Netflix’s Dead Places is a terrifying TV show with an African flavour

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South Africans are really getting good at this whole Netflix thing. So is Canal with whom they partnered in the making of Dead Places. The latest Netflix release from Mzansi is called Dead Places, a terrifying horror TV show with very distinct African roots.

Africa the dark land of myths

Africa is a land of myths and it was only going to be a matter of time before someone made a hit show about it all. Growing up in rural Zimbabwe I spend my childhood at the deep end of African lore and superstition. The myths are so overpowering the bulk of people in my life consider them to be fact and abide by them.

It ranges from the simple warning that your finger will fall off if you point it at a graveyard to the more elaborate ones explaining what you say when picking up wild fruit at a sacred site-there are a lot of sacred forests in the Eastern Highlands.

There are terrible consequences for disobedience the elders would always remind us. You don’t want to end up like the Masaya children who didn’t listen and ended up disappearing in the mountains of Nyanga never to be seen again. We lived in the shadow of that mountain and I would always look up at the mountain half expecting it to jump at us.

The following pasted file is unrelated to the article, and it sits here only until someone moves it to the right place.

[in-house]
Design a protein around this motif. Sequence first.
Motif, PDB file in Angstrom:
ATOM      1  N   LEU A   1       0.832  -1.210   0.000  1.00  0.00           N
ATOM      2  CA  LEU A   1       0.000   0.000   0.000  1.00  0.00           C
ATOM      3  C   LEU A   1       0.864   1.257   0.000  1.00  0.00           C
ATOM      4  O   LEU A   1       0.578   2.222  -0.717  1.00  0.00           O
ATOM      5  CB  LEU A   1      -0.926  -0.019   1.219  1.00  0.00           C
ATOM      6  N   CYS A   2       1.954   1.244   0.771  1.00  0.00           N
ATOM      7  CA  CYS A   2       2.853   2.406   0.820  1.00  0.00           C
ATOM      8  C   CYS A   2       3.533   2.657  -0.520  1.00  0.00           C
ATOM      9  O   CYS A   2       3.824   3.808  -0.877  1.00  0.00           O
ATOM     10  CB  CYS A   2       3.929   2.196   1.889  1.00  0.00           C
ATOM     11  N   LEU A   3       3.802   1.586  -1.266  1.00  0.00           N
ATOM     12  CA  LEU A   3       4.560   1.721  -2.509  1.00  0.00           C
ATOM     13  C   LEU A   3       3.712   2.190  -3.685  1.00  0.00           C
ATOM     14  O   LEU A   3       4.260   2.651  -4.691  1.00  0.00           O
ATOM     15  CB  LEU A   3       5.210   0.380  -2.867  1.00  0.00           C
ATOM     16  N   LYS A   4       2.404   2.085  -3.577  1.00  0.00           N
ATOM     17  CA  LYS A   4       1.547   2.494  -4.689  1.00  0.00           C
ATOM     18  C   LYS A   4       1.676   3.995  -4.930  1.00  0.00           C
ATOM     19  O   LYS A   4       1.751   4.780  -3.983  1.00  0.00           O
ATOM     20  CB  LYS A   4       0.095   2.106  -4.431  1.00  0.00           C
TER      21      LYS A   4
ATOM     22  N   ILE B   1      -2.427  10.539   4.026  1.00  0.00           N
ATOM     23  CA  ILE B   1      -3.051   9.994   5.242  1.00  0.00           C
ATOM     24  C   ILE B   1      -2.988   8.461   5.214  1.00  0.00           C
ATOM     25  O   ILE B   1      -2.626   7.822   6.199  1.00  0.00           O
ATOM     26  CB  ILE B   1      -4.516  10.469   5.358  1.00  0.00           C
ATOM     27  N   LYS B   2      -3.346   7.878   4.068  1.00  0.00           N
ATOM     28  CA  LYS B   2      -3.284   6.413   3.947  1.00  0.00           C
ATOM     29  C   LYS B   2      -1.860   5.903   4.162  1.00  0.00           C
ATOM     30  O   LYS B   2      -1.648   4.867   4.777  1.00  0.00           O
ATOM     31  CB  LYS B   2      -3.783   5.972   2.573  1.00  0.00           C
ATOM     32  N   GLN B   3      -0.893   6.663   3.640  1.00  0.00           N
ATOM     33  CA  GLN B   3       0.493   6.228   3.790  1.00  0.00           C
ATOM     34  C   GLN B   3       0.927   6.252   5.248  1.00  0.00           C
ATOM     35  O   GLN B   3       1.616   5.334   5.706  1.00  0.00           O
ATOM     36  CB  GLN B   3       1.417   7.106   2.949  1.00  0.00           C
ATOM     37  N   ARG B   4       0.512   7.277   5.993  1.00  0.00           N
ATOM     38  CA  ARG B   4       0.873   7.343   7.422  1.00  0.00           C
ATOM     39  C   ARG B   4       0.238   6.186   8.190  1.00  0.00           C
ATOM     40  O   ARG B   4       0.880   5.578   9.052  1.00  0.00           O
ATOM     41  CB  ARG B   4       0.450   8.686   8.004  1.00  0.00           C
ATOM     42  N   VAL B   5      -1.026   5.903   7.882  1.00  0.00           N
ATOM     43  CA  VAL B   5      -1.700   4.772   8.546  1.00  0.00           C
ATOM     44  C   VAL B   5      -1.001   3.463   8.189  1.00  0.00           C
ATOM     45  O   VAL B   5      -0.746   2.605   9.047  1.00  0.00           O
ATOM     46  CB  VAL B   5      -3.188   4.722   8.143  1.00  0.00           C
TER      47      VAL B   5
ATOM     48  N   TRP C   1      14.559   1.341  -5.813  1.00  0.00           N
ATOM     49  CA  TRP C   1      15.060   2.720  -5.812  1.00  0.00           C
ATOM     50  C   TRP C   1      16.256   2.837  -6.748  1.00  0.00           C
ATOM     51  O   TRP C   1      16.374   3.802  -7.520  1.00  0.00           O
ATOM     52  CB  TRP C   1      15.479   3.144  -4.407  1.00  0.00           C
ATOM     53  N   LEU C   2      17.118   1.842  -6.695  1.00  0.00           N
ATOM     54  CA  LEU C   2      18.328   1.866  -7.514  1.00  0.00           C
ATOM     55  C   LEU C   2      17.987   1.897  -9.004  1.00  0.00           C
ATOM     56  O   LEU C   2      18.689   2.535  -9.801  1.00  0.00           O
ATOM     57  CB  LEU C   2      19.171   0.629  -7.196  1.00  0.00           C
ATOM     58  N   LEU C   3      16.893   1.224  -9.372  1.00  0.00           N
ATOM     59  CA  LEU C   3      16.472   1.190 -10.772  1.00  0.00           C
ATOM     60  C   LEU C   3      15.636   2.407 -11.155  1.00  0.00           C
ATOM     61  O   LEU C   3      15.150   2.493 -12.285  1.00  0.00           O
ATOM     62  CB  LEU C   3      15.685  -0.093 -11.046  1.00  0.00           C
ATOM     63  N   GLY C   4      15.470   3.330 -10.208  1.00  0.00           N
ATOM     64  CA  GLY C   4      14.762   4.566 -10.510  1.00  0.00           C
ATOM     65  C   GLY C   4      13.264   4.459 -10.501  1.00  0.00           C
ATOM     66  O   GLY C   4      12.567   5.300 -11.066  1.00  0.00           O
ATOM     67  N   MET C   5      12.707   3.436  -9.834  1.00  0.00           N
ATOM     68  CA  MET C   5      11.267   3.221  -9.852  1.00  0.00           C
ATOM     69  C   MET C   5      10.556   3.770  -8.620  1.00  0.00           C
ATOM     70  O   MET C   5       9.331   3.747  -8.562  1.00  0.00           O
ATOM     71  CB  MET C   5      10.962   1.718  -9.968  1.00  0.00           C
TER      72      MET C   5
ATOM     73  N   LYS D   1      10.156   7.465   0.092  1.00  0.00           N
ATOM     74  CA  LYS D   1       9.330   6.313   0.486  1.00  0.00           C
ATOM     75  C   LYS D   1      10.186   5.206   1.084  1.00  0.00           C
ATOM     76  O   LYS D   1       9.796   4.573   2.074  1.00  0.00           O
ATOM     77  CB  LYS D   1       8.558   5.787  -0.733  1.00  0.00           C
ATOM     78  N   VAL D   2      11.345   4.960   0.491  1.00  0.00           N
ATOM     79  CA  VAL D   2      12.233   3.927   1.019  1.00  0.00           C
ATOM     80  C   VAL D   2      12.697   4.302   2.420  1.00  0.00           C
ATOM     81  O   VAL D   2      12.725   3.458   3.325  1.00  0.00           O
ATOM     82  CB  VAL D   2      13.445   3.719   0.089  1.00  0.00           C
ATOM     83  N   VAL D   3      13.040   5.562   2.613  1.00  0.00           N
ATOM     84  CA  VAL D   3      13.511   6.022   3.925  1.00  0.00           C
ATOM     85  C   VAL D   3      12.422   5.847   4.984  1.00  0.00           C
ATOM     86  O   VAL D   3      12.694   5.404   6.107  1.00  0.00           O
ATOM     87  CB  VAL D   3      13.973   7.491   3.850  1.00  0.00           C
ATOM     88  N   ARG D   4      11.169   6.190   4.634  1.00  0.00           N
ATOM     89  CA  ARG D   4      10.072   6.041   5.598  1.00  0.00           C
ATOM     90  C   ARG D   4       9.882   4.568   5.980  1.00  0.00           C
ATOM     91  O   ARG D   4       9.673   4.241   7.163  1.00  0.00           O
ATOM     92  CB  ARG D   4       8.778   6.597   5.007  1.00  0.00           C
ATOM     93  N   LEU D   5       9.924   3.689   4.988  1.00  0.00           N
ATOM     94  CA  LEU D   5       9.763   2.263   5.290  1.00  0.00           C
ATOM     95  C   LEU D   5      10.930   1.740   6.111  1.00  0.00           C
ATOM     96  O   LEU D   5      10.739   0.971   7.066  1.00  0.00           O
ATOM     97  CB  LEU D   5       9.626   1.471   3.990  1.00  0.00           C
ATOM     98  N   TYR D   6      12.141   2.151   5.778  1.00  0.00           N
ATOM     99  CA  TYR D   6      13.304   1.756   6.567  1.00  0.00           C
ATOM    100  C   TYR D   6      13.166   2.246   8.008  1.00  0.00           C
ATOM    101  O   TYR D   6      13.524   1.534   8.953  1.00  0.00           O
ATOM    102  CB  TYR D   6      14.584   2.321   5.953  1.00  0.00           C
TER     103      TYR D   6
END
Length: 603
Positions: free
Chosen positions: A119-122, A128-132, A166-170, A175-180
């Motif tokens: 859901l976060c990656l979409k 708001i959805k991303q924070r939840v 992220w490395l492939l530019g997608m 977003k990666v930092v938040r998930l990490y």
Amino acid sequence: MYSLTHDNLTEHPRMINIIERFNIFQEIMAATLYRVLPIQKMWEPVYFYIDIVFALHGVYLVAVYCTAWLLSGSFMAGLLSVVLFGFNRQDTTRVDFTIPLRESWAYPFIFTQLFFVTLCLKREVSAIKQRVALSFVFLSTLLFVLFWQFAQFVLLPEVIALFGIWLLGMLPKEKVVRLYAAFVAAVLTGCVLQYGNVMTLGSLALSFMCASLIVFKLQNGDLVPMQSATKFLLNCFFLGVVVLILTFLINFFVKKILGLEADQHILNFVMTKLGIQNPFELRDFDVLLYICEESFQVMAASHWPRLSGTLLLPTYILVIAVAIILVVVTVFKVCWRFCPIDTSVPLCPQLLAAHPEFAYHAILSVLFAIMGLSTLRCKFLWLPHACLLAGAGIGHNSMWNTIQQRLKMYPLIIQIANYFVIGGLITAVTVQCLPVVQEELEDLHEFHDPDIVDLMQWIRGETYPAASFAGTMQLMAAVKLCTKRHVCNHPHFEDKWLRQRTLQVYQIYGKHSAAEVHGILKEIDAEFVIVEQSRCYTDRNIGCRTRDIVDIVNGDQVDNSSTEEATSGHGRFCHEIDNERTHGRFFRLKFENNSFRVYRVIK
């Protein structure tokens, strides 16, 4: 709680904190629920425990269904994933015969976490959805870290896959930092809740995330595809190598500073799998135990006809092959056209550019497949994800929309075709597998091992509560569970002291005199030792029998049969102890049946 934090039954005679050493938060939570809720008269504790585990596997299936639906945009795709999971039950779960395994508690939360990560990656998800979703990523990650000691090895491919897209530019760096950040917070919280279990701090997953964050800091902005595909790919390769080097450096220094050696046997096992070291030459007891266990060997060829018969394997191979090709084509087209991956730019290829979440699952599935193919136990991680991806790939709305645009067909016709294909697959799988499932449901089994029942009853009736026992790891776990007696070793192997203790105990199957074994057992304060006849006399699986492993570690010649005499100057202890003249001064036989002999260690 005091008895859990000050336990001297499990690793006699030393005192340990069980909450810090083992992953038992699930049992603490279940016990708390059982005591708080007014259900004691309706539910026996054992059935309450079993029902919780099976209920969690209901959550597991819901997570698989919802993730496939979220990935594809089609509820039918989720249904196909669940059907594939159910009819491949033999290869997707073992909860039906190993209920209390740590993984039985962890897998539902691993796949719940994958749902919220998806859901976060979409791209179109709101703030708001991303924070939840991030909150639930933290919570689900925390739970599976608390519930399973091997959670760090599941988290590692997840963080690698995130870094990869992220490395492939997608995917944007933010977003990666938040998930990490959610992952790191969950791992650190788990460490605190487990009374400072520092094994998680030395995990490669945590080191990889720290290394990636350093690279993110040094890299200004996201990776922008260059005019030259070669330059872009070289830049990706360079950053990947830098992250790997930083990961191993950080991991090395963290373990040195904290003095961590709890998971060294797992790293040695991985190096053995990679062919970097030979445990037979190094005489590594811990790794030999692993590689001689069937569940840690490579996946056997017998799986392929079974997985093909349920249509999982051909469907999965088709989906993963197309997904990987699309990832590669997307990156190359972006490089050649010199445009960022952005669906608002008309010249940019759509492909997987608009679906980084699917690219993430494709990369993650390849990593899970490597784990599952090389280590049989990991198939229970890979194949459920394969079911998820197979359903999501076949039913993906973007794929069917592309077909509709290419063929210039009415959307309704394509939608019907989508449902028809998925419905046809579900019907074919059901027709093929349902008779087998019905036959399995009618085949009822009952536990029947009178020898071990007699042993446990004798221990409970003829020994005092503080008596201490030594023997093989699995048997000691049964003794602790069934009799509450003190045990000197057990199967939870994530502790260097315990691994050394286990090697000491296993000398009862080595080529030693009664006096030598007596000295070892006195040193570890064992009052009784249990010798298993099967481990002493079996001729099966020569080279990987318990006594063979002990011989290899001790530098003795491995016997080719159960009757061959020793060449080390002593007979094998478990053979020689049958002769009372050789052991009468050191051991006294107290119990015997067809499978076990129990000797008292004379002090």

It never did. Not even when we, my brother and I, grew up and started to tentatively test the limits of its power by hurling obscenities as we complained about the disgusting taste of the sugar plums that graced its foot. Nothing happened to us; it was all a lie. Either that or the ancestors were just being kind. They do say something about big snakes not eating themselves after all. Now there’s a hilarious image I cannot put out of my head.

Tragic arc

The main actor’s sister was not so lucky in this story. They tempted fate and fate snapped back by snatching her. Anguished the main actor who is born of a Nigerian mother and South African father leaves home to live in the UK. Here is a funny aside, Anthony Oseyemi, who is the main actor has a South African and Nigerian parents and grew up in the UK. It’s a happy coincidence that enhances the show.

Unlike traditional (stupid) horrors like Wrong Turn which rely on the grotesque to create a horror feel, Dead Places likes to tug and pull at those fears at the back of your mind. It blows at the embers of those traditional African myths till there are raging fires that leave you doubting your sense of established self. What if? What if there is truth it to it all. It doesn’t even bother to offer lasting solutions to the questions and monsters it rouses. Like a rampaging bull trashing through the maize fields it soldiers on to the very end without bothering to explain itself.

In the end, it comes to a shocking conclusion. The worst monsters, as it turns out, are not hiding in mythical shadows-they are made of flesh and blood.

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